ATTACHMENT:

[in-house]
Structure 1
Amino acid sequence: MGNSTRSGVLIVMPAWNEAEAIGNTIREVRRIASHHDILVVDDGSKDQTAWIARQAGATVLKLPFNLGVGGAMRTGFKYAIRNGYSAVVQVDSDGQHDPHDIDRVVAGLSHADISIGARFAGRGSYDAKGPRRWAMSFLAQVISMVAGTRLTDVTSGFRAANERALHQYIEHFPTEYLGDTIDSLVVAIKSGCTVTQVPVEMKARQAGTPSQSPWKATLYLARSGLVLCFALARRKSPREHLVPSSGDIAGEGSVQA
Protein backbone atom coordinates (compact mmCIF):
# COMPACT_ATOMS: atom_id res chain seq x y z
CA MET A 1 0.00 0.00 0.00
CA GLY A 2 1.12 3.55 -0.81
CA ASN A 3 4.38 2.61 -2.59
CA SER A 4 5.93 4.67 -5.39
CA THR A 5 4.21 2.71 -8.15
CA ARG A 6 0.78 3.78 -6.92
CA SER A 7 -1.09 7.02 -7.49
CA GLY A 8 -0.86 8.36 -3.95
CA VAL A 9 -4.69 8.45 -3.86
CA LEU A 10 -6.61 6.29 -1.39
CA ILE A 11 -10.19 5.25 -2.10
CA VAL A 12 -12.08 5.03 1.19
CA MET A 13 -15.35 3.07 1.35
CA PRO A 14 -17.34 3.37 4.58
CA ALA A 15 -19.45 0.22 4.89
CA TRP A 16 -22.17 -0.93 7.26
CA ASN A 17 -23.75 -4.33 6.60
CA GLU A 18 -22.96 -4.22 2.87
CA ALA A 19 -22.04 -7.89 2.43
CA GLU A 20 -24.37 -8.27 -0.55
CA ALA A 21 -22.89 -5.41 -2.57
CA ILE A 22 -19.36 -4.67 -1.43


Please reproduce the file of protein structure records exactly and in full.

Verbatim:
[in-house]
Structure 1
Amino acid sequence: MGNSTRSGVLIVMPAWNEAEAIGNTIREVRRIASHHDILVVDDGSKDQTAWIARQAGATVLKLPFNLGVGGAMRTGFKYAIRNGYSAVVQVDSDGQHDPHDIDRVVAGLSHADISIGARFAGRGSYDAKGPRRWAMSFLAQVISMVAGTRLTDVTSGFRAANERALHQYIEHFPTEYLGDTIDSLVVAIKSGCTVTQVPVEMKARQAGTPSQSPWKATLYLARSGLVLCFALARRKSPREHLVPSSGDIAGEGSVQA
Protein backbone atom coordinates (compact mmCIF):
# COMPACT_ATOMS: atom_id res chain seq x y z
CA MET A 1 0.00 0.00 0.00
CA GLY A 2 1.12 3.55 -0.81
CA ASN A 3 4.38 2.61 -2.59
CA SER A 4 5.93 4.67 -5.39
CA THR A 5 4.21 2.71 -8.15
CA ARG A 6 0.78 3.78 -6.92
CA SER A 7 -1.09 7.02 -7.49
CA GLY A 8 -0.86 8.36 -3.95
CA VAL A 9 -4.69 8.45 -3.86
CA LEU A 10 -6.61 6.29 -1.39
CA ILE A 11 -10.19 5.25 -2.10
CA VAL A 12 -12.08 5.03 1.19
CA MET A 13 -15.35 3.07 1.35
CA PRO A 14 -17.34 3.37 4.58
CA ALA A 15 -19.45 0.22 4.89
CA TRP A 16 -22.17 -0.93 7.26
CA ASN A 17 -23.75 -4.33 6.60
CA GLU A 18 -22.96 -4.22 2.87
CA ALA A 19 -22.04 -7.89 2.43
CA GLU A 20 -24.37 -8.27 -0.55
CA ALA A 21 -22.89 -5.41 -2.57
CA ILE A 22 -19.36 -4.67 -1.43